Steamboat Springs Dan Smilkstein announced early in the afternoon that the 45-kilometer course of the fourth annual North Routt Coureur des Bois was one of the toughest in the country.
"Or even the world," he said, correcting himself.
The proof came moments later, when Ironman triathlon veteran Lisa Nelson coasted across the finish line.
She leaned into her poles to keep from falling over and pulled her sunglasses from eyes.
"That," she said, "was hard."
It wasn't the fastest year for the North Routt cross-country ski race, which offered courses of 45 and 90 kilometers. The weather - a brisk morning followed by a warm afternoon - didn't allow for fast snow and times were typically about an hour slower than last year's.
Few of the many returning competitors tried to argue with the success of this year's event, however.
"It was a little chilly this morning, but as the day went by, the snow got a little faster. It was definitely nice when the sun came out," said Steamboat Springs resident Allen Belshaw, now a four-time veteran of the long course. "The course has changed and been fine-tuned. Dan definitely has the race figured out. Every year it gets a little better."
Michael Brothers won the 90K event in 5 hours, 12 minutes, more than 16 minutes faster than second-place Mark Iverson of Steamboat.
Joshua Smith of Boulder won the short course in 2:38, just 40 seconds ahead of his nearest competitor. Boulder produced another winner in Maria Grevsgard, who won the short women's race, finishing in 2:41. Annie Creighton of Hamilton, Mont., won the long course in 6:41.
For many, it was about more than just the time, however. Both courses threw tremendous challenges at racers, the shorter one forcing a climb of 3,000 feet in elevation. The long course soared nearly twice that height and stretched north, just poking across the Wyoming border.
For some perspective, it takes nearly three rides up the Steamboat Ski Area's gondola to equal the climb the long-course skiers made.
Simply finishing was no small task.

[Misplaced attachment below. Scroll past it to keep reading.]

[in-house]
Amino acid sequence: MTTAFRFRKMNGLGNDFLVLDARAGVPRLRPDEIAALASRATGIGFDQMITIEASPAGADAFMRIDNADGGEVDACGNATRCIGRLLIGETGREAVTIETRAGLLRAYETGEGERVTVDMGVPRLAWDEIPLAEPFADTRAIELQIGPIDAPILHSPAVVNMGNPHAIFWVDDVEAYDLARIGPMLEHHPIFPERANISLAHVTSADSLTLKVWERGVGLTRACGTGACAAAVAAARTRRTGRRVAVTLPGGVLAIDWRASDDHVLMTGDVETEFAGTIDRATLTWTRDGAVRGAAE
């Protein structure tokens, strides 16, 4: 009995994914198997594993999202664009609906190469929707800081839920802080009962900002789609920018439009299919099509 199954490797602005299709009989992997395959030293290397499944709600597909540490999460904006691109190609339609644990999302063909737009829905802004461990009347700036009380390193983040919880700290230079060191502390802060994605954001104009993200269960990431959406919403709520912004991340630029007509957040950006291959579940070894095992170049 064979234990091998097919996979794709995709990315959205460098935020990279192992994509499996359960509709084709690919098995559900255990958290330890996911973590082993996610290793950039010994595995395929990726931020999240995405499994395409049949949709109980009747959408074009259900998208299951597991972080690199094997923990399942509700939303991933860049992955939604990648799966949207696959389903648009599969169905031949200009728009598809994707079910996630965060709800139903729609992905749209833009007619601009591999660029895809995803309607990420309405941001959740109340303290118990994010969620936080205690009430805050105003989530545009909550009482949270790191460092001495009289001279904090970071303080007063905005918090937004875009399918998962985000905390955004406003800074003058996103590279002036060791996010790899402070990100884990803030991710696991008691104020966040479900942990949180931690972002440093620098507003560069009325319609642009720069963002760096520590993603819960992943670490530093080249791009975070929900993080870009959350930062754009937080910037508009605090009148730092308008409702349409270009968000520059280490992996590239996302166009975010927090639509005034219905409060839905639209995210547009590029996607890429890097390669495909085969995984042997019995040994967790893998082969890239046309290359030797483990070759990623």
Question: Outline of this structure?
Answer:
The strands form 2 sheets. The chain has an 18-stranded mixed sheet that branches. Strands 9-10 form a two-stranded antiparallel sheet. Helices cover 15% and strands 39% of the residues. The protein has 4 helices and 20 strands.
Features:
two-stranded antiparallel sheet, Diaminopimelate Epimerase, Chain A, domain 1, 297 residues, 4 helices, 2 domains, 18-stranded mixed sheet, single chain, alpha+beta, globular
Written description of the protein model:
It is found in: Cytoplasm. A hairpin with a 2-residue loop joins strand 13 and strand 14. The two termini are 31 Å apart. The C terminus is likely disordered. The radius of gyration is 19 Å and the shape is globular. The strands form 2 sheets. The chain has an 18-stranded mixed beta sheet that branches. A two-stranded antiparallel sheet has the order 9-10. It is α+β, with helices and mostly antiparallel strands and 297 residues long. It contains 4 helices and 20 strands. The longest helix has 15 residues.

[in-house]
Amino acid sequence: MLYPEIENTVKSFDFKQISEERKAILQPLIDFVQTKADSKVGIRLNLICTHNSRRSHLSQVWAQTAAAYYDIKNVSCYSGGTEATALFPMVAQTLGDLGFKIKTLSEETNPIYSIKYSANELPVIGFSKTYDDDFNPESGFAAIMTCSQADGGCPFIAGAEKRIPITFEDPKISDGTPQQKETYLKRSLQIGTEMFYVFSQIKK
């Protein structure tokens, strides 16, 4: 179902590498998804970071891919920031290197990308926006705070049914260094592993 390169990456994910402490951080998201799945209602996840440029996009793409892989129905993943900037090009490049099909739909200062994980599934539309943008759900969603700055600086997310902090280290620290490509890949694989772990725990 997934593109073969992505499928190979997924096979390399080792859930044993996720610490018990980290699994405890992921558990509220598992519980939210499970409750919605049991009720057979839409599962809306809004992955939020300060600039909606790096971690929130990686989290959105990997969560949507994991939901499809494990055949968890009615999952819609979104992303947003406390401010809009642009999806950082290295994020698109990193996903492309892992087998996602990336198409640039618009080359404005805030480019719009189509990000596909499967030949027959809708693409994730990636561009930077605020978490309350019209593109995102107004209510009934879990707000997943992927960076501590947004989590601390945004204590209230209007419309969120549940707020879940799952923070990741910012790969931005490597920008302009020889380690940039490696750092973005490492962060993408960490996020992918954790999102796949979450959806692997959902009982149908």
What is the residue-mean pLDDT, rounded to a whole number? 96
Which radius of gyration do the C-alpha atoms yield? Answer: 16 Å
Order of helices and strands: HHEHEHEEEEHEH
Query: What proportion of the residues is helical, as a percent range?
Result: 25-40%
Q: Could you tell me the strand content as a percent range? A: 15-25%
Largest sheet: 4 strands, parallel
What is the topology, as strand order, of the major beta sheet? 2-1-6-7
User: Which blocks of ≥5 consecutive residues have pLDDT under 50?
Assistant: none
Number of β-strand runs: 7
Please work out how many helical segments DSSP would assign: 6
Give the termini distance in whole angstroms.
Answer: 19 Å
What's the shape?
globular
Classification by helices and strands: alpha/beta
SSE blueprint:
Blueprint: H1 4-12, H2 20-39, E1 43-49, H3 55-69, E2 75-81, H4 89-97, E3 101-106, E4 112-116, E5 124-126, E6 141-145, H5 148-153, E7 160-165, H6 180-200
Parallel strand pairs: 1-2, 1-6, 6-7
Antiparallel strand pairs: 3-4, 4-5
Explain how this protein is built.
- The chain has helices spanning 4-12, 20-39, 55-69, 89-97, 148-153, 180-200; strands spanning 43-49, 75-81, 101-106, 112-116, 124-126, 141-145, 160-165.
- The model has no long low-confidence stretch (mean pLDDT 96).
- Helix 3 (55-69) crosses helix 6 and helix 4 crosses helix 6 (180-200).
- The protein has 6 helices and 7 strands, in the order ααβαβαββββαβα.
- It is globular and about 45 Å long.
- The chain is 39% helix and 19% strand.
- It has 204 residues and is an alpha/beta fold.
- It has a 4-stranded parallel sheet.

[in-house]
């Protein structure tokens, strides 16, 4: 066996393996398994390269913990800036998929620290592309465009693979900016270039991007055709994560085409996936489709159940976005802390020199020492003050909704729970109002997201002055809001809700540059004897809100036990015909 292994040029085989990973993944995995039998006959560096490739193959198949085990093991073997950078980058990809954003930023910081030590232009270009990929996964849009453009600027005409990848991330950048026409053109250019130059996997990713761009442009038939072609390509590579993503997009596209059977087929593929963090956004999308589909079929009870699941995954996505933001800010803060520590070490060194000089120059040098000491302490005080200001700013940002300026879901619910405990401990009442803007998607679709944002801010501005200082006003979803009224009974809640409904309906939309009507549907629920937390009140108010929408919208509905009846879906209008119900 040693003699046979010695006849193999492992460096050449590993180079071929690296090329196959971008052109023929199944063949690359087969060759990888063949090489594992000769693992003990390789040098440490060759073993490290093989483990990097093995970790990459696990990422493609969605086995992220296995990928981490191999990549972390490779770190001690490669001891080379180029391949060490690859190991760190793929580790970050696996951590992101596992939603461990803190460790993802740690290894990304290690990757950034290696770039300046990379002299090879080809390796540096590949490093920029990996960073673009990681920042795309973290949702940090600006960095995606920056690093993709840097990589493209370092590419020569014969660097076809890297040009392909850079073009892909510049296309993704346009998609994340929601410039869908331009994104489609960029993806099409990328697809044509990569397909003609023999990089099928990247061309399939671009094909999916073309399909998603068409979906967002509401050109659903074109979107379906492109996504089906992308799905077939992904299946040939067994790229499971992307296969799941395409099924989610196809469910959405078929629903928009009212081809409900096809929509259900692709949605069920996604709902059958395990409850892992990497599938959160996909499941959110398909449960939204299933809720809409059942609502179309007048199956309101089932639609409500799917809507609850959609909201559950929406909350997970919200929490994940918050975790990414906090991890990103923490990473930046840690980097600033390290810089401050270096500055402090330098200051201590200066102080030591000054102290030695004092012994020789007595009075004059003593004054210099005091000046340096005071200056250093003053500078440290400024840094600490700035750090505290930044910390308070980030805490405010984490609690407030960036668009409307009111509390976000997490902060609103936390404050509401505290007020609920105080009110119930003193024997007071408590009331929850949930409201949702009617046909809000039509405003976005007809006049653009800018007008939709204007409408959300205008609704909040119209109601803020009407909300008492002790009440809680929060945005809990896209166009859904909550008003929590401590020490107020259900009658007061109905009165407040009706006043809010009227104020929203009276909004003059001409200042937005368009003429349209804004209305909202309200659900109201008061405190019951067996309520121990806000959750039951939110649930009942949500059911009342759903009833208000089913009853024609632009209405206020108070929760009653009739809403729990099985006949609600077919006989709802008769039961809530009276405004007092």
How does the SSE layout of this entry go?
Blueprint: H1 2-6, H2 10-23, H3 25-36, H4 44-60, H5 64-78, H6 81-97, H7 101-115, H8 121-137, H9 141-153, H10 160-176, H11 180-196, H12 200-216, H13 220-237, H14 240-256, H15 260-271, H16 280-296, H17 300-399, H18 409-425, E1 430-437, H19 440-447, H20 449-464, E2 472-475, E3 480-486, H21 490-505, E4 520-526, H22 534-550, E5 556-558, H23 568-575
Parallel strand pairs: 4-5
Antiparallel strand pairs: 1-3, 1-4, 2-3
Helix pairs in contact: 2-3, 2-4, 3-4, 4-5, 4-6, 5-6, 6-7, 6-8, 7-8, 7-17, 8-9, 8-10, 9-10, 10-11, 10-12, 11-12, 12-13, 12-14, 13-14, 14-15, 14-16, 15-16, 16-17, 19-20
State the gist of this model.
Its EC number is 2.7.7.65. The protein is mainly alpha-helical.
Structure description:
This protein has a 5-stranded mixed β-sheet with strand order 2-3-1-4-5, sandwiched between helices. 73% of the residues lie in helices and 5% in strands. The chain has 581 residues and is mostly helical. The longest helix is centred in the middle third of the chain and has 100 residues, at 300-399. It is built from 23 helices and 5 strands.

"This was the hardest one yet," Steamboat's Katie Lindquist said.
Lindquist was another to add a fourth Coureur des Bois to her resume.
Competitors pointed to two problems with this year's race. The main complaint seemed impossible to fix. Last year's was run on an icier course, yielded much faster times and accounted for nearly all of the event's records.
The conditions this year left some racers feeling bogged down.
"It was so soft the first two-thirds of the race. You just use so much of your body," Lindquist said. "It's demoralizing when you're going so slow."
Still, she said the fourth edition of the race had plenty of improvements.
"The hardest part was the fact that the second half of the course was in such great shape," she said. "I didn't have any power left to use it like I should have."
Smilkstein said 2008 saw the most finishers in the race's history and offered one of the most diverse competitive fields. Foreign accents were everywhere Saturday as finishers awaited their awards ceremony at Steamboat Lake Outfitters, and competitors from as far as Alaska hauled home prizes.
It all amounted to more signs that the Coureur des Bois is very much a growing event, Smilkstein said.
"Part of it is this is such a unique course," he said. "These people like to go out and challenge themselves and this is a challenge.
"When people get through, they really feel like they've done something."